An Indian woman mourns the death of a relative killed in the Asian tsunami. The picture was taken in Cuddalore, Tamil Nadu, on 28 December 2004 (REUTERS, Arko Datta)
From every disaster, conflict or tragedy emerges a single photograph that captures its essence in a way that becomes iconic. This image, showing the sheer haplessness of those who survived only just barely but lost everything they had, could well be that for the Asian tsunami of December 2004.
It was taken by Indian photojournalist Arko Datta, who won the 2004 World Press Photo Award for this image.
Indian journalist Max Martin (editor of indiadisasters.org) recently interviewed Arko Datta for a chapter in Communicating Disasters: An Asia Pacific Resource Book (co-edited by myself and Frederick Noronha, and just released). The chapter is titled ‘Stop All the Clocks! Beyond Text: Looking at the Pics’, which argues that disaster photography needs to break away from the constraints of time and space.
Excerpts from that interview:
I actually do not plan a frame. I am merely a messenger and do not try to bring in subjectivity or my priorities (in my photographs). I have to be very objective when I am covering any event. I leave the viewers to interpret the pictures according to their perspective. However, of course there are certain parameters I like to follow.
I do not like showing corpses or any (image of) morbidity unnecessarily. In natural disasters it is mostly unnecessary; however, in a war, one may need to show the victims as that may be the strongest way of making people aware of the fallout of wars.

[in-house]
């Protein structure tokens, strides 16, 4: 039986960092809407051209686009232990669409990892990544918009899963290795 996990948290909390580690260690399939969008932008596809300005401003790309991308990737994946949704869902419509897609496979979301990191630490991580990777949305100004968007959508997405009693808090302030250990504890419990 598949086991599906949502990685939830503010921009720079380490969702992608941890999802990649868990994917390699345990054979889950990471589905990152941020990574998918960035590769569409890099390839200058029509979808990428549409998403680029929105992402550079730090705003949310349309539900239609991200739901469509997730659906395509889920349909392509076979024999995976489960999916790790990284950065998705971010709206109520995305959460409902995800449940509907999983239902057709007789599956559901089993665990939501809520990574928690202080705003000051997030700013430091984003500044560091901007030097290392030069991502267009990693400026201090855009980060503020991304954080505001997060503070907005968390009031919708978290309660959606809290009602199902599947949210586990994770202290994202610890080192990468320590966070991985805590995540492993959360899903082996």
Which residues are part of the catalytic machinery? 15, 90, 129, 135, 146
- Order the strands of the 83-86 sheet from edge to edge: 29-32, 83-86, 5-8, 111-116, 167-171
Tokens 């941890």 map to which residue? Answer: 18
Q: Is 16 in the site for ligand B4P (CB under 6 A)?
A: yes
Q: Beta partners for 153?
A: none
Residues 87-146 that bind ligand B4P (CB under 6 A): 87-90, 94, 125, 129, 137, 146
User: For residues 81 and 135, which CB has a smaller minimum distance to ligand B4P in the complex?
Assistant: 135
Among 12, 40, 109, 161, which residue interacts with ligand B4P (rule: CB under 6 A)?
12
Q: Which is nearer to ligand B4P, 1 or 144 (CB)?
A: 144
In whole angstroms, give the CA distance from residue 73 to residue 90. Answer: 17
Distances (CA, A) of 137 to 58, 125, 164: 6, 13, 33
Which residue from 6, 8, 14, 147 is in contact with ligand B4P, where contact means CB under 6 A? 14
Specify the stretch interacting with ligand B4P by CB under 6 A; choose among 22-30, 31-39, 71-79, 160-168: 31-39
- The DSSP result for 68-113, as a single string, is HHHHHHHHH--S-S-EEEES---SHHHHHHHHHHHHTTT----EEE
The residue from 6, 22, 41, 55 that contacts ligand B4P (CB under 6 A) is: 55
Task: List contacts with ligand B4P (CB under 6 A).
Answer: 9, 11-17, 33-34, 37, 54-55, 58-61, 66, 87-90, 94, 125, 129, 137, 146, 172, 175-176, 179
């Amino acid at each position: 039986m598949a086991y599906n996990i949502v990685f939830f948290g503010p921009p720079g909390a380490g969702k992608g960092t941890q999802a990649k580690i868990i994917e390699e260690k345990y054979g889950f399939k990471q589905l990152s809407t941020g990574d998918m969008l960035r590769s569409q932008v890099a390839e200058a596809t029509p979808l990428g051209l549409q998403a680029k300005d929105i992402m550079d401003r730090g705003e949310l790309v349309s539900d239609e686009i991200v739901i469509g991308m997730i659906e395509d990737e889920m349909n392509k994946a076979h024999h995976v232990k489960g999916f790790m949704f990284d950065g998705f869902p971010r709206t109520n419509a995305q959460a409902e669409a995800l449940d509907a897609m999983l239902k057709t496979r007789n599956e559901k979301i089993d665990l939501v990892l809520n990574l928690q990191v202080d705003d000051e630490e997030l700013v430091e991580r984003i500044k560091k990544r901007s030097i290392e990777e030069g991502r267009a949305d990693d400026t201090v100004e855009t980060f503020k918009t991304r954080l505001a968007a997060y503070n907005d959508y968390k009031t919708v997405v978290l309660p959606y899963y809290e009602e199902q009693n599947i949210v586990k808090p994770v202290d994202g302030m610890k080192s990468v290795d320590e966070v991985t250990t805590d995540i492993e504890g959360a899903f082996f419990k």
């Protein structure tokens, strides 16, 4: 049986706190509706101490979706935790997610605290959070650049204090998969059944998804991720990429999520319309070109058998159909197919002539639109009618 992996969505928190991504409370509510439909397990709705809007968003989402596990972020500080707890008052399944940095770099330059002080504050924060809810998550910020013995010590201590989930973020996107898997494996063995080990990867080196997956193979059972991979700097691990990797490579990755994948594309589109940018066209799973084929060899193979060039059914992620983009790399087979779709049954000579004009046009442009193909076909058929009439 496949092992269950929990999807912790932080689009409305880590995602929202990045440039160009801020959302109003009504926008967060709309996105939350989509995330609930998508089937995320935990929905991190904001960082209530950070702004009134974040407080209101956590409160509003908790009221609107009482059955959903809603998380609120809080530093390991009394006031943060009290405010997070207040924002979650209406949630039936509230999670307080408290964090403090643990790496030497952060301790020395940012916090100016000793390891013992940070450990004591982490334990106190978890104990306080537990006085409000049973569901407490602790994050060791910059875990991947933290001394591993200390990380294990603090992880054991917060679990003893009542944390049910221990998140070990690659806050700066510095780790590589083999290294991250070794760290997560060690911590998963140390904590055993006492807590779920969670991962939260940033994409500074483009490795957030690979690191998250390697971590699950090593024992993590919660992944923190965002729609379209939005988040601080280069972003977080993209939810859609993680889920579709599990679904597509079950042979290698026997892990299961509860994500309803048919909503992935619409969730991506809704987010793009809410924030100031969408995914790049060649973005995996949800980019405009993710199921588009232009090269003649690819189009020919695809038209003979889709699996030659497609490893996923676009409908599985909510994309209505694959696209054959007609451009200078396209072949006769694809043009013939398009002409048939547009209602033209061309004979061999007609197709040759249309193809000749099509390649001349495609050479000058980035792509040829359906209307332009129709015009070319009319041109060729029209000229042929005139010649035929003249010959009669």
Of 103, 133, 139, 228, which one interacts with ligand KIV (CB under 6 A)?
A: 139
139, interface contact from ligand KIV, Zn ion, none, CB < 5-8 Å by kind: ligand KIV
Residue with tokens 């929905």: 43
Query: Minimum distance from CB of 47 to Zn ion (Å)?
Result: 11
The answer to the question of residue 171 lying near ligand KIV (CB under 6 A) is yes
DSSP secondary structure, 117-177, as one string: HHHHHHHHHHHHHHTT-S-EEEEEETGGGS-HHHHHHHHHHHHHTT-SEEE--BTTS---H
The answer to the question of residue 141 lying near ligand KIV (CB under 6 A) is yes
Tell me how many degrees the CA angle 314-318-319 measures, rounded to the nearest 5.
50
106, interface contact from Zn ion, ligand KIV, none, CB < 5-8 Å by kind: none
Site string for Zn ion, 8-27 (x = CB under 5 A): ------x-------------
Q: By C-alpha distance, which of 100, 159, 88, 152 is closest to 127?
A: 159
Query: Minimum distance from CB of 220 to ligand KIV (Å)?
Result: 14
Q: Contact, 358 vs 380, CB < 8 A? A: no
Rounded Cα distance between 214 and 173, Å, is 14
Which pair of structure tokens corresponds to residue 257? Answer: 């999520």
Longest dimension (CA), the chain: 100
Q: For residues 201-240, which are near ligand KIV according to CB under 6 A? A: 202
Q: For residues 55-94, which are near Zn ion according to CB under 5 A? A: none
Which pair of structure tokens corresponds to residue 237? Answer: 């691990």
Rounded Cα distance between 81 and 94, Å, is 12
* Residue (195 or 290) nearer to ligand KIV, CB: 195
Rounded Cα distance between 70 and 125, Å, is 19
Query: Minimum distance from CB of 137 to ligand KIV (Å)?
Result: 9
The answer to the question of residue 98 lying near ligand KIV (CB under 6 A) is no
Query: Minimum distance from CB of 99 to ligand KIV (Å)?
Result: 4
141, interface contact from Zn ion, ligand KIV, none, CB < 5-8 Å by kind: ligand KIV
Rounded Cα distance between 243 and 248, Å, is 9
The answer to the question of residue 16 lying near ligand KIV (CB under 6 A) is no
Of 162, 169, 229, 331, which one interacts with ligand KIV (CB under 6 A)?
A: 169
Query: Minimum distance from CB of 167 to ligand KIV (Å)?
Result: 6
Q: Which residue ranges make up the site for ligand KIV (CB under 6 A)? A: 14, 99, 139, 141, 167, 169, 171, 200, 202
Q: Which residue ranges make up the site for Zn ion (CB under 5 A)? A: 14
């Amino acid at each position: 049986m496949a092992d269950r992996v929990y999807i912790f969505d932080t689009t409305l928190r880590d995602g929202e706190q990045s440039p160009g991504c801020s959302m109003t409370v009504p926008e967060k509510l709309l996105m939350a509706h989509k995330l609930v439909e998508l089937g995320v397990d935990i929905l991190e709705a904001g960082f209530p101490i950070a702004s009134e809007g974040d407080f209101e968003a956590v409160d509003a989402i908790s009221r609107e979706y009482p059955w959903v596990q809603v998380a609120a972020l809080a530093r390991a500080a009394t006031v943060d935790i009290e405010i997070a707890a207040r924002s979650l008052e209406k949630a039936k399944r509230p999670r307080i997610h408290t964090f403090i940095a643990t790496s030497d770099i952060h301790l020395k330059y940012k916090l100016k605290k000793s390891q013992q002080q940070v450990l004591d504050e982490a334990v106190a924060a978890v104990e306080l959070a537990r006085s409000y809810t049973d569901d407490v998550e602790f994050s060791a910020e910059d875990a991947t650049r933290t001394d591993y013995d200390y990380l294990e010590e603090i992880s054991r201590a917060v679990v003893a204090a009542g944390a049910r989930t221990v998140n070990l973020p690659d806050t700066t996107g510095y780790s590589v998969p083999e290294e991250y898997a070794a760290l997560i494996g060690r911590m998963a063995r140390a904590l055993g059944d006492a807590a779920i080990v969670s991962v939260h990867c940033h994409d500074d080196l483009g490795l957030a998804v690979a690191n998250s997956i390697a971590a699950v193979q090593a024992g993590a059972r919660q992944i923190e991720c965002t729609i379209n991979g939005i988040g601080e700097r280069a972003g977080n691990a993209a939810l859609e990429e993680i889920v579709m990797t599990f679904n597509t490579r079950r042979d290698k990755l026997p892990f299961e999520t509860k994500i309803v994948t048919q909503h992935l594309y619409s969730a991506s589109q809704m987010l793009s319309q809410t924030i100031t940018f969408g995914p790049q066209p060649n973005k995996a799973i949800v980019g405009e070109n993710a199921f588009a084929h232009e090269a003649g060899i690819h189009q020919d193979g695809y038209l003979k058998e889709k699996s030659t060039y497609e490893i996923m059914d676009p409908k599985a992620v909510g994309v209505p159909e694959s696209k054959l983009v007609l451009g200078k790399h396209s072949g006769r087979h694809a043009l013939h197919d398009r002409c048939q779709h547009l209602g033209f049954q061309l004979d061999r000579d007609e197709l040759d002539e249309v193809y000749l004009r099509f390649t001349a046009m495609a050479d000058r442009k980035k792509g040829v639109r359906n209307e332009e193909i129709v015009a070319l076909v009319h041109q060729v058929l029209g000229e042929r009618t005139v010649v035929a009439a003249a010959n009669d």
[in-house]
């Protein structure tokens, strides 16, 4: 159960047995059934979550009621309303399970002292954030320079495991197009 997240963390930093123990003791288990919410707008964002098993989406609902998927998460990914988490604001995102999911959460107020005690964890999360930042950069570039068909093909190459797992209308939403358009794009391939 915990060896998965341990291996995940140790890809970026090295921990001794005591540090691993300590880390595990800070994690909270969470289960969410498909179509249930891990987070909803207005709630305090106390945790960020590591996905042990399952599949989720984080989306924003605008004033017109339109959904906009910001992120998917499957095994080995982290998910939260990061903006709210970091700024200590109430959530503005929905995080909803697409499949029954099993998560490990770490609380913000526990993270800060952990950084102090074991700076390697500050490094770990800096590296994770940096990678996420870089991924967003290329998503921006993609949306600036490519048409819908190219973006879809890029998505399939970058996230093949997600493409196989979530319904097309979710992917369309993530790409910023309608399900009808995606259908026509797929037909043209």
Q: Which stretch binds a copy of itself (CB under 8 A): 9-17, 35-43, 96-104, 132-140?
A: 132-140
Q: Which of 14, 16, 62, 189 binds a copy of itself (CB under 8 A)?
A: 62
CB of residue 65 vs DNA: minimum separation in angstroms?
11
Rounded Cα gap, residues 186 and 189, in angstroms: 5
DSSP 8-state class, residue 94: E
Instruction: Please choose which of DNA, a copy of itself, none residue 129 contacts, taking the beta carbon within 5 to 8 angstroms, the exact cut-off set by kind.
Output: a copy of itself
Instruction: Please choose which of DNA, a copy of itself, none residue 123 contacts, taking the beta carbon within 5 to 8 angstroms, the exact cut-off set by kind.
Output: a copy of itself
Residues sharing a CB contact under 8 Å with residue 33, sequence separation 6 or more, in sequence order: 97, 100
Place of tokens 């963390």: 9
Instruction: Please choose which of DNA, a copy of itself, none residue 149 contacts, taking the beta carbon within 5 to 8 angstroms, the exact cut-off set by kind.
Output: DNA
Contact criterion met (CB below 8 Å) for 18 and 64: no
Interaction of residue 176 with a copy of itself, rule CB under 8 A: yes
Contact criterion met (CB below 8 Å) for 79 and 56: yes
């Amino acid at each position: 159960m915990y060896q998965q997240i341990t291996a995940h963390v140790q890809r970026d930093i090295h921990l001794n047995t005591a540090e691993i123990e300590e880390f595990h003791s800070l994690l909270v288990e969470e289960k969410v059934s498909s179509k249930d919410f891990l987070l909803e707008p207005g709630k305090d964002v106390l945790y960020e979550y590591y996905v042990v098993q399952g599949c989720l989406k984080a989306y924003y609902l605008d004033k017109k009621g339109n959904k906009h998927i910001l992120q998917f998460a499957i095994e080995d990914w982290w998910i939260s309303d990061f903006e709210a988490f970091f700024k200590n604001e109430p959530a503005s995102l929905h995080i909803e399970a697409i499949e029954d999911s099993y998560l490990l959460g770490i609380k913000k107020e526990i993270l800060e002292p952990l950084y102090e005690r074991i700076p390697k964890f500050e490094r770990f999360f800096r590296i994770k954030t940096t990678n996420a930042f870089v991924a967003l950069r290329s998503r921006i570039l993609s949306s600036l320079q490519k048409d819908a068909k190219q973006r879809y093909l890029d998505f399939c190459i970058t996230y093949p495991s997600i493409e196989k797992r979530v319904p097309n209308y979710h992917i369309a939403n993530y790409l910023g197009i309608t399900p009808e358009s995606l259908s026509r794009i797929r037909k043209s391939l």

In a natural disaster, the story is generally about the survivors — their struggle to cope with the loss of their near and dear ones, their struggle to get back to normalcy. It’s the story of their grit and determination to survive and live.
The first viewer of my pictures is myself. When I am touched by a situation, I plan to capture it in my camera and show it to others too. So, definitely, as any other human being, I react to every situation too. However, while on work one has to control and restrain one’s emotions, as no productive work can emerge during an emotional state of mind.
On interfacing with humanitarian workers
I feel, on the field, humanitarian workers have their own work to do and the press has its own. The humanitarian workers should not get concerned about the press, as definitely the victims will be their top priority. The press can surely manage on its own. In fact, the press should not come in the way of relief and rescue work.
Arko Datta started his professional photojournalistic career in an Indian dailies in Madras and Calcutta. He then worked at AFP, and joined Reuters in 2001. His awards include national photo competition prizes from the Indian government, a prize in the Canon International photo competition, a Publish Asia award in Malaysia, Best Photojournalist of the Year award from Asian Photography magazine in India, the Picture of the Year award in Bombay and awards in the General News and Daily Life categories of the Indian Express Photo Competition. His publications include “Lost Childhood”, a book on child labor sponsored by the International Labor Organization, and his pictures are featured in a coffee table book of the most memorable pictures of India in the last 100 years and in the Reuters picture book “On the Road”.